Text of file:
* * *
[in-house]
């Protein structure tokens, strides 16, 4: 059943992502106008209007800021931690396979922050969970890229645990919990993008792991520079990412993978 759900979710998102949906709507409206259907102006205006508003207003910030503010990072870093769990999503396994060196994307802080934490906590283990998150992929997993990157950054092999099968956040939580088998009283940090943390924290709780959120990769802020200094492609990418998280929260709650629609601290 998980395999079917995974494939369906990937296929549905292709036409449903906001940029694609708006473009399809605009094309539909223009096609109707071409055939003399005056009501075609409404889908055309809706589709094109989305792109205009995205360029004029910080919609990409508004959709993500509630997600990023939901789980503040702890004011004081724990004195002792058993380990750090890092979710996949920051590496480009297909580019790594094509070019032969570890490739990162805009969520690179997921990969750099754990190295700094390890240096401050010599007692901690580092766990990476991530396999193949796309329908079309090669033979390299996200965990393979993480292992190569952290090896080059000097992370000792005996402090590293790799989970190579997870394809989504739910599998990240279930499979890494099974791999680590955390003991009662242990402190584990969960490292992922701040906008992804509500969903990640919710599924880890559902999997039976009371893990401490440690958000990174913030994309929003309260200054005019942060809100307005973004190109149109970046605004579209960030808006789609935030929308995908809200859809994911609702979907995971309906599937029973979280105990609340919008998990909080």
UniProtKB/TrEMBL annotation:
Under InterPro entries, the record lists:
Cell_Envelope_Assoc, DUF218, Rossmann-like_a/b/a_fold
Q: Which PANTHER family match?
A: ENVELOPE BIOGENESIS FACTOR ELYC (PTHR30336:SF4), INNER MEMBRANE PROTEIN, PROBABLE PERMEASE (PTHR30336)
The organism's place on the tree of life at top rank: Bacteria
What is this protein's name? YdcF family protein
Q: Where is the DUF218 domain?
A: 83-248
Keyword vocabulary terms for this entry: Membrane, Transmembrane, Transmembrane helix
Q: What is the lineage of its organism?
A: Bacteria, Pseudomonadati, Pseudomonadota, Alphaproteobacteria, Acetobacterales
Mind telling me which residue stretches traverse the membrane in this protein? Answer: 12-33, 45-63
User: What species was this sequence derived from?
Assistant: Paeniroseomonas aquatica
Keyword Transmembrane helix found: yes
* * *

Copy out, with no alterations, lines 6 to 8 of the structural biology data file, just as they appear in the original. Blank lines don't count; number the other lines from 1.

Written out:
Q: Which PANTHER family match?
A: ENVELOPE BIOGENESIS FACTOR ELYC (PTHR30336:SF4), INNER MEMBRANE PROTEIN, PROBABLE PERMEASE (PTHR30336)
The organism's place on the tree of life at top rank: Bacteria